Born: October 12, 1837 in New York, a son of John Littlejohn born in England and Julia Ann Jaquish born in Vermont

Died: April 19, 1926, buried in Merrillsville Cemetery

Married: 1st wife Helen P. McCarter (September 5, 1840 - December 17, 1901) in September 1859; 2nd wife Gertrude Bliss Field in 1903

Children: With Helen: Freddie Littlejohn (1860 -1862), born in N. Y., Etta Littlejohn (b. ~1867), Ella M. Littlejohn, Adelaide Littlejohn Dimond, Sarah H. Littlejohn Scrivers (b. ~ 1871), Johnie Littlejohn (1874-May 10, 1875), and infant died at age 1 day. With Gertrude: James Littlejohn Jr. (b. ~1905), and Charlotte Littlejohn.

James Woodard Littlejohn served in the Civil War, Company C, 118th Regiment, New York State Volunteers. In 1860, the Merrill Inn was purchased by James W. Littlejohn (Natalie Leduc's grandfather), and it was operated as the Littlejohn Tavern for the next fifty years.


Lake Placid News, Friday, April 23, 1926

James W. Littlejohn, 89, Dies at Home Monday

James W. Littlejohn, 89, one of the few surviving veterans of the G. A. R. in Lake Placid, died after a lingering illness at his home on Monday afternoon. He lived for some time in Merrillsville, but had been a resident of Lake Placid for many years.

Funeral services were held at his late home yesterday afternoon, Rev. R. L. Clark, officiating. Burial was at Merrillsville at 4 o'clock the same afternoon.

A full account of Mr. Littlejohn's life will be given in next week's issue of the News.


Lake Placid News, Friday, April 30, 1926

DEATH CLAIMS AGED VETERAN OF CIVIL WAR

James W. Littlejohn, 90 Called Home-First Union Soldier to Enter Richmond-Was Universally Respected

James Woodard Littlejohn died at his home on Saranac Avenue on Monday, April 19, after being in poor health for a number of years.

Mr. Littlejohn was born in the town of Franklin in 1836, the son of John and Julia Jaquish Littlejohn. In September, 1859, he married Miss Helen P. McCarter at AuSable Fork. Five children were born of this union.

He enlisted at St. Armand as a private in Co. C., 118 Regiment, New York State Volunteers on August 12, 1862. He was soon made wagon master having charge of the immense wagon trains then necessary to transport equipment and ammunition. He was said to have been the first Union soldier to ride into the city of Richmond.

He participated in the battles of Petersburg Heights, Ft. Harrison, Swift Creek, Cold Harbor, Chapin's Farm, and Drury's Bluff where he received a bayonet wound. He was one of the victims of the typhoid epidemic and sent to a hospital at Washington. He was mustered out in July, 1865. He was a member of the Brennan post of the G. A. R. at Malone.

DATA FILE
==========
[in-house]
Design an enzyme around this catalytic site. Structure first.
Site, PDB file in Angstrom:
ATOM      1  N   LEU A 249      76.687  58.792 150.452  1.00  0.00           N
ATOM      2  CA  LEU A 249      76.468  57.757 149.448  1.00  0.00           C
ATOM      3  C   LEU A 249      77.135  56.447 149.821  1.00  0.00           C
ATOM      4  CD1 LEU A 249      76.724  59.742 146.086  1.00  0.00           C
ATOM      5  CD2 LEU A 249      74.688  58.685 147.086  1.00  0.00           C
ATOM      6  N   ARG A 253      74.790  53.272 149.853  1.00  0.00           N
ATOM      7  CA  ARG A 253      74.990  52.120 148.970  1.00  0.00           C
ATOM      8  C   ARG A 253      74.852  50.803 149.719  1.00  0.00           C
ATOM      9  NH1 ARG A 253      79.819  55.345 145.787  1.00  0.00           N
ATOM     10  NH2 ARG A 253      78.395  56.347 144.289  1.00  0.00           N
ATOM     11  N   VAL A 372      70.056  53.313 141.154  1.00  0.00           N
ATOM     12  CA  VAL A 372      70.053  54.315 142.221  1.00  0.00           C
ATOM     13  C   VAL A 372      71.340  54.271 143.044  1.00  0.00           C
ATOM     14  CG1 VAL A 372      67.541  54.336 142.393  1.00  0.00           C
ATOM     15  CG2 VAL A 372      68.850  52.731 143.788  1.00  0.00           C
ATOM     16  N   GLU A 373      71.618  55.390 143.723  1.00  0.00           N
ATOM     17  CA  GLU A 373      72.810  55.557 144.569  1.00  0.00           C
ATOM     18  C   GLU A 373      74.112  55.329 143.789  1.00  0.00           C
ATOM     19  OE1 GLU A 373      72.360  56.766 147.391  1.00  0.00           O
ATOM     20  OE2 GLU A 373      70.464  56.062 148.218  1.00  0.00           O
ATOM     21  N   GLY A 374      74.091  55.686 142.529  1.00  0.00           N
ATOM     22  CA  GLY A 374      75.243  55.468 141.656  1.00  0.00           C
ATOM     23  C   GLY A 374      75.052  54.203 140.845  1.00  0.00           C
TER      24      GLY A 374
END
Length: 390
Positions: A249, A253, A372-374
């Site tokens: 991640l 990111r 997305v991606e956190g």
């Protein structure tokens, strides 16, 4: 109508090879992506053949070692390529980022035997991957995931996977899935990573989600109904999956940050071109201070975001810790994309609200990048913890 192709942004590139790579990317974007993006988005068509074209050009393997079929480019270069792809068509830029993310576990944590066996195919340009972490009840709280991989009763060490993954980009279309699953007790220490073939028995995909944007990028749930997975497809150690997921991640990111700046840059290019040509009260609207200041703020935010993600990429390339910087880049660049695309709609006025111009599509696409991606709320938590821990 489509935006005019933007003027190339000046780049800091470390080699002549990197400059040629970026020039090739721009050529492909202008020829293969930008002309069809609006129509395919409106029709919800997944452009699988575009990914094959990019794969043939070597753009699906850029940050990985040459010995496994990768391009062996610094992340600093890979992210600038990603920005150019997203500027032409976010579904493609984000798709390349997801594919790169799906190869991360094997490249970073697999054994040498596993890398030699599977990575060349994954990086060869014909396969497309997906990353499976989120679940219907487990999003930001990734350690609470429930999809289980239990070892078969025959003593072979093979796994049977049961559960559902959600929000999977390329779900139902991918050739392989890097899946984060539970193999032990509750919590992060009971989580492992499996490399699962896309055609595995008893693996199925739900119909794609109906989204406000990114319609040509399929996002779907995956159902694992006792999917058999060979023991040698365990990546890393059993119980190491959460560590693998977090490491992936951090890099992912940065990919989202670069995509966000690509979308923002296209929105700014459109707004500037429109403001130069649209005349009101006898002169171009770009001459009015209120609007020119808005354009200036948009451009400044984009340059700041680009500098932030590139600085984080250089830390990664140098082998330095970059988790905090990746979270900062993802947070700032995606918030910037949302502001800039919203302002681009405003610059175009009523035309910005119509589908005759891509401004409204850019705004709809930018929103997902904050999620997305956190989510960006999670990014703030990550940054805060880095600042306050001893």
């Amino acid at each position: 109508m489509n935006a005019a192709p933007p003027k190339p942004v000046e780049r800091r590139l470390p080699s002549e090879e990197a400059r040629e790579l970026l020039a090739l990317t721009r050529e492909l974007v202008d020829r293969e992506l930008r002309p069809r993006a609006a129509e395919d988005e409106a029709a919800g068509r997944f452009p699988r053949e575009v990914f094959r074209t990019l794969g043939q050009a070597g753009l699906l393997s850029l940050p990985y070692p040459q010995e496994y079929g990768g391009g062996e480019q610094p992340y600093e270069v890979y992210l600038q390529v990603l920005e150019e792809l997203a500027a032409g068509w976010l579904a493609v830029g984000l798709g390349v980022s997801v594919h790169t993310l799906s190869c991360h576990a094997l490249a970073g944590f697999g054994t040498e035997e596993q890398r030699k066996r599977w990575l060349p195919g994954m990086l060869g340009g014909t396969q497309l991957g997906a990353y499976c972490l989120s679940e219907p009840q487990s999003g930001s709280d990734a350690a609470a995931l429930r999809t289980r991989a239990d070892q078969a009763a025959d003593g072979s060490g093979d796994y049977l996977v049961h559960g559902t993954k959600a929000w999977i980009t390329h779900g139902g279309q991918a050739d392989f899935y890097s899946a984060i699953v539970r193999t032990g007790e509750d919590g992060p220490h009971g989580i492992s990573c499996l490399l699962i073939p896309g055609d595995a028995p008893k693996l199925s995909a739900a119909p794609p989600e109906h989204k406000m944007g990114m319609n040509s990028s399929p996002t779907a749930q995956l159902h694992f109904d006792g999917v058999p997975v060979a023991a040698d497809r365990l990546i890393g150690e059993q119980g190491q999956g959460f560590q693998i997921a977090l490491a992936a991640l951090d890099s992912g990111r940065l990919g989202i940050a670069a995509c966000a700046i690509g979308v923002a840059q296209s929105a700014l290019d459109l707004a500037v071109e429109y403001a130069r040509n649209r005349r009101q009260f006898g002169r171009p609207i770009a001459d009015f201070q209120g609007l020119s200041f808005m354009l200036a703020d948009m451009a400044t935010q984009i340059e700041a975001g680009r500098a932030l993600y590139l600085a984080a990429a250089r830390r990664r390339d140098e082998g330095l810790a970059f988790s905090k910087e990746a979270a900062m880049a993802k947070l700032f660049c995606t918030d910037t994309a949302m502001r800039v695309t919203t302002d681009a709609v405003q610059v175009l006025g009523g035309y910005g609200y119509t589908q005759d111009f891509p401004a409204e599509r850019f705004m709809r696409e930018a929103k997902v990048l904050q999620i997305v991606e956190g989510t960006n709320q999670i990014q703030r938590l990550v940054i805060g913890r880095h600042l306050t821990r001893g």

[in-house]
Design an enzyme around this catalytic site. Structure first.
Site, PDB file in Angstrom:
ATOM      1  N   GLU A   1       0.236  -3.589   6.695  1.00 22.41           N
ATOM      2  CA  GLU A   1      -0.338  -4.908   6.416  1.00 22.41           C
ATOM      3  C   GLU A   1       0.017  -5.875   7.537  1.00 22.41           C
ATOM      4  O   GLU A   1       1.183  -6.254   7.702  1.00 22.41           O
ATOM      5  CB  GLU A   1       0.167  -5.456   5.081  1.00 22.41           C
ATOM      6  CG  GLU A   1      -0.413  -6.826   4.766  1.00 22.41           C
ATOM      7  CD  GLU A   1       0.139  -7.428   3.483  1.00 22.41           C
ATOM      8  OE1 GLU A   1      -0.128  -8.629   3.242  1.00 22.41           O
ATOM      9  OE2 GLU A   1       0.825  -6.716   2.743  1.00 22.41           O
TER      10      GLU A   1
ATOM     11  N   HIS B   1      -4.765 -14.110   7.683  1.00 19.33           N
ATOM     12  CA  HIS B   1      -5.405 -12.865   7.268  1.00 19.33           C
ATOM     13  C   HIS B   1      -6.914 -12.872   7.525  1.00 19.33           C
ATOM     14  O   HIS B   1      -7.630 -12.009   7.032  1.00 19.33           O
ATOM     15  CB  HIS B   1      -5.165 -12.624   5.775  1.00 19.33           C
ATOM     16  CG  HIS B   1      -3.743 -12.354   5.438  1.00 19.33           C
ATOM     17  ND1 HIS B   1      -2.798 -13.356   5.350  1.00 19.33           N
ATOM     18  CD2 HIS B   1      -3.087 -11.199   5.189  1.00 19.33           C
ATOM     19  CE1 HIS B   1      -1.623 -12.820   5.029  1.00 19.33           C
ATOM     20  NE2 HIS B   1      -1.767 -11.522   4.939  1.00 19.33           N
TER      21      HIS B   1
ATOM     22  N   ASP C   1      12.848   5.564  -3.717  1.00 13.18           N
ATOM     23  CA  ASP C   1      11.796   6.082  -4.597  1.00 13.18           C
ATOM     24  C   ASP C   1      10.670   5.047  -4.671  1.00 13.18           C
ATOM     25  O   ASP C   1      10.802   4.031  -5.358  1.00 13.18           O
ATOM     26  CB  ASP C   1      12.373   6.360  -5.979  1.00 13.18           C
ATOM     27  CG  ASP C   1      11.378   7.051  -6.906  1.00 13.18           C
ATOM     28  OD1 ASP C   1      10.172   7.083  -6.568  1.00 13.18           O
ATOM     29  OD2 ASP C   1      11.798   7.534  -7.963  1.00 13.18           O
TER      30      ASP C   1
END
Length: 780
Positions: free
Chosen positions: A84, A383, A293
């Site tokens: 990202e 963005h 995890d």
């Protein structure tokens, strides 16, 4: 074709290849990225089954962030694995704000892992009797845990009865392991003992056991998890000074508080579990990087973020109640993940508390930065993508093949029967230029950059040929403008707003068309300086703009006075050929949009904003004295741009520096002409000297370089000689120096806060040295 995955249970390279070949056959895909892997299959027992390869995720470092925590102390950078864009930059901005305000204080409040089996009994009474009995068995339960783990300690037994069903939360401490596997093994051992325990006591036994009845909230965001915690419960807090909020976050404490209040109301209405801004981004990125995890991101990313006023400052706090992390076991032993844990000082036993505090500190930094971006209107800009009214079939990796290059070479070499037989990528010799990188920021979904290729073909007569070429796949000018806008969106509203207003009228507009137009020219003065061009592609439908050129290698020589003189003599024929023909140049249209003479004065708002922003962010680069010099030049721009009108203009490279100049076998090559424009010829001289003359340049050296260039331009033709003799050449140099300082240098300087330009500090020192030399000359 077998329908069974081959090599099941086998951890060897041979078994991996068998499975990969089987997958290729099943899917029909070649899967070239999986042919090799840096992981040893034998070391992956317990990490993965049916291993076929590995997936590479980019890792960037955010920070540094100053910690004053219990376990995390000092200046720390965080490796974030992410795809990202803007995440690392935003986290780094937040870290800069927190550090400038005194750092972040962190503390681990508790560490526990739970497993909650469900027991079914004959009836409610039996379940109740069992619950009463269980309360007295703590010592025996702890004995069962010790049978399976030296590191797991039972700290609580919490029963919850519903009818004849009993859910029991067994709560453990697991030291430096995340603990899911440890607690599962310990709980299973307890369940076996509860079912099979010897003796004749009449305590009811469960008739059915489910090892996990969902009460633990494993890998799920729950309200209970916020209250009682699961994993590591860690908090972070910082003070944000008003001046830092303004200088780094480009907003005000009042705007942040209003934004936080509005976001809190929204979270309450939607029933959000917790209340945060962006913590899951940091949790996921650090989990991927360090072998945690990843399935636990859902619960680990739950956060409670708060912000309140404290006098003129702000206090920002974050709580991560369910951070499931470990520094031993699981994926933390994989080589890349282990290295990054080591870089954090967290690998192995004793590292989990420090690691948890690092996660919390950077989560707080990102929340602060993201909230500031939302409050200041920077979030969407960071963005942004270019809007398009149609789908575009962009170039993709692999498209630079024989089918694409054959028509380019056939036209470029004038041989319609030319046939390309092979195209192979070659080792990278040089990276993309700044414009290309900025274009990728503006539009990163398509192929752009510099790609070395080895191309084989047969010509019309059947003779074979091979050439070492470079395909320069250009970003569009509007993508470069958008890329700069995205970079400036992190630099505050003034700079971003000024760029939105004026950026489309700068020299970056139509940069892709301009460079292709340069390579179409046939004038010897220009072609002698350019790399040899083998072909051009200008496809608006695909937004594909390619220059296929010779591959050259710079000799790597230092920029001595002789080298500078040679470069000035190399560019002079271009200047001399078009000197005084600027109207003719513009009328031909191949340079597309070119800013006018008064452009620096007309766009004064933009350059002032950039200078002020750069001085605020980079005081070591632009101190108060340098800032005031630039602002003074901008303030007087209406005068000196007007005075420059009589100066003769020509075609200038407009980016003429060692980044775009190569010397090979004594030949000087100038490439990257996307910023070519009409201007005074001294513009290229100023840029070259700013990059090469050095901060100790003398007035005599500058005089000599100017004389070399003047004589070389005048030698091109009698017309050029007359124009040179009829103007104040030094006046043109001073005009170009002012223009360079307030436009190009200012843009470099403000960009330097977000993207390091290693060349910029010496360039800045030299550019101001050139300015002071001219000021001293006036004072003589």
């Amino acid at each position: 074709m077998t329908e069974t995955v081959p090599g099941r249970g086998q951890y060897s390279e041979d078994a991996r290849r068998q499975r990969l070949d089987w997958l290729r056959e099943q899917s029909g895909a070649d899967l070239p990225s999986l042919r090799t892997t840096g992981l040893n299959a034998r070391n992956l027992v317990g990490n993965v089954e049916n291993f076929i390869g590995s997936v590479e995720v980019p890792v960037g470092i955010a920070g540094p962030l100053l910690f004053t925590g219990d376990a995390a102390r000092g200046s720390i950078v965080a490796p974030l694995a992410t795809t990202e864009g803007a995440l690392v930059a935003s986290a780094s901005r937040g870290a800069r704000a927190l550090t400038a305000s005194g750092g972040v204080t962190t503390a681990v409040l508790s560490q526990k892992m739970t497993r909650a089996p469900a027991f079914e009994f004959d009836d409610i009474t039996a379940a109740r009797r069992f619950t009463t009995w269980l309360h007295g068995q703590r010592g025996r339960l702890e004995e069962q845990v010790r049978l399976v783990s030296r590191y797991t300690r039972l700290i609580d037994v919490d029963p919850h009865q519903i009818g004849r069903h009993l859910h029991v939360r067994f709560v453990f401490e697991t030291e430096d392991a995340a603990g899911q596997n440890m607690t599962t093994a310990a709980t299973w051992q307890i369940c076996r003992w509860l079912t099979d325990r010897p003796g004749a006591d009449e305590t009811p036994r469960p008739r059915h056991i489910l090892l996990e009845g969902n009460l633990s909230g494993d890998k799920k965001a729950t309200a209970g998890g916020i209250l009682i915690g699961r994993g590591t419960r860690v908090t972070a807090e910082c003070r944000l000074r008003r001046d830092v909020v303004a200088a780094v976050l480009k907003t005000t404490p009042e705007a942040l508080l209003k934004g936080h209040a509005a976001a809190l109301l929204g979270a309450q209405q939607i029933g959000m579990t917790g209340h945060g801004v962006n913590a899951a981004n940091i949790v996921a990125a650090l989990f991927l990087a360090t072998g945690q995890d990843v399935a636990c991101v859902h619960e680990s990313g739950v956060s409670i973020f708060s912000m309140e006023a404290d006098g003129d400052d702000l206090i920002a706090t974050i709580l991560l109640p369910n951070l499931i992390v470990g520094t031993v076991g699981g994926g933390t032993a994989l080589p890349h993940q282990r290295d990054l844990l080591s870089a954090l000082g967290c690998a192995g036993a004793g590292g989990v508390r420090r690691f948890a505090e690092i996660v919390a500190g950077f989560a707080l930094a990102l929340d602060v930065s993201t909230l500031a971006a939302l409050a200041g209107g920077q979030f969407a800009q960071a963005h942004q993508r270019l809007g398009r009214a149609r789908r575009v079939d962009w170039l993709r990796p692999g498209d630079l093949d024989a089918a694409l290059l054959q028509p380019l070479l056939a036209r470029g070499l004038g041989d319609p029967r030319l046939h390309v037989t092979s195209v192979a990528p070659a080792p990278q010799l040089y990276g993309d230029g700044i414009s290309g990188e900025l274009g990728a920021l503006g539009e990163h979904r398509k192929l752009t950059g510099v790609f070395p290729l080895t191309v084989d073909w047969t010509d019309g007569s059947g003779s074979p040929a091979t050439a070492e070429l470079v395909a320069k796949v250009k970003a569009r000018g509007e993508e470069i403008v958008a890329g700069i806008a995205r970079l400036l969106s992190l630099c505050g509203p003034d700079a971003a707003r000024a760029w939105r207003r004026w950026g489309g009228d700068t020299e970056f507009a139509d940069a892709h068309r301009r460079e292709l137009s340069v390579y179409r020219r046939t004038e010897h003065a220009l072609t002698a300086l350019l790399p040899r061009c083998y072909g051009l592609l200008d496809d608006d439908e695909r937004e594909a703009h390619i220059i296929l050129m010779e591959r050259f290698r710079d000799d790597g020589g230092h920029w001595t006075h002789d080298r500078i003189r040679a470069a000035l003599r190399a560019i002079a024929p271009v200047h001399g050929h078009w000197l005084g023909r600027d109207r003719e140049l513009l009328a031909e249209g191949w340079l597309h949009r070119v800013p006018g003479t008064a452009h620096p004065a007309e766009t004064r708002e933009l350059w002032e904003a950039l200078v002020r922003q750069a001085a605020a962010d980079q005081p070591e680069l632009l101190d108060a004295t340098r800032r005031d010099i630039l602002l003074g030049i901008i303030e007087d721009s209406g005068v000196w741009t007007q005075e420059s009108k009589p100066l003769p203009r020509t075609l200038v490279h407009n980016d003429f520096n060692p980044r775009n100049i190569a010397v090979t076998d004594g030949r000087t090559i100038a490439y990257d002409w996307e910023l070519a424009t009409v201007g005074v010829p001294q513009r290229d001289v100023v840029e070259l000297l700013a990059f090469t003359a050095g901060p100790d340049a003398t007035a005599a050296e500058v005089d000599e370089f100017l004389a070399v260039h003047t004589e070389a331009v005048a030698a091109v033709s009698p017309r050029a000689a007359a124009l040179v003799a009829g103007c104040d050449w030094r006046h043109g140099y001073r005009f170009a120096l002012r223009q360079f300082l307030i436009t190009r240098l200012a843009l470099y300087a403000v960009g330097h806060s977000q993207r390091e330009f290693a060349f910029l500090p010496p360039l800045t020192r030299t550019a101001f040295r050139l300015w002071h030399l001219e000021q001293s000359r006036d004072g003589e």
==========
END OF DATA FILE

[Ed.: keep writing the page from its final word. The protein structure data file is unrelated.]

After the war he was engaged in farming, lumbering and in his younger days did some surveying for the state in northern New York. He spent the greater part of his life in Franklin county of which he was a supervisor for a number of years. On the board with him at the time were Walker Moody of Belmont, Phillip King of Brighton and Mr. Dempsey of Malone.

Mr. Littlejohn always took an active part in all civic affairs. He lived in Merrillsville for many years. He donated the ground for the first district school there and also for the Methodist church at Merrillsville of which he was still a member at the time of his death. He also gave funds and lumber toward the building of this church.

The death of his wife [unreadable] marriage to Gertrude Field of Lake Placid at Montreal in 1903. Due to his advanced age he has been in declining health for some time although he had been fairly active until this winter. He was a man of clear insight and interesting personality.

Funeral services, conducted by Rev. R. L. Clark were held at the home at 12.30 on Thursday and at the M. E. church at Merrillsville at 2.30. When the funeral party arrived there the flags were at half-mast in honor of Mr. Littlejohn who had been so interested in the welfare of the community. The funeral was attended by many of his old friends and neighbors there. Two G. A. R. veterans from Lake Placid attended as well as a firing squad from the American Legion who fired a salute and sounded taps over the grave. The bearers were: Willis Wells, Frank Fay, Earl Barton, Thomas Collins, and Sheldon Otis.

The deceased is survived by his widow, a daughter by his first marriage, Mrs. William Seiwars of Scarsdale, Charlotte and James W. Littlejohn of Lake Placid, and a sister, Mrs. L. Guill of Merrillsville.

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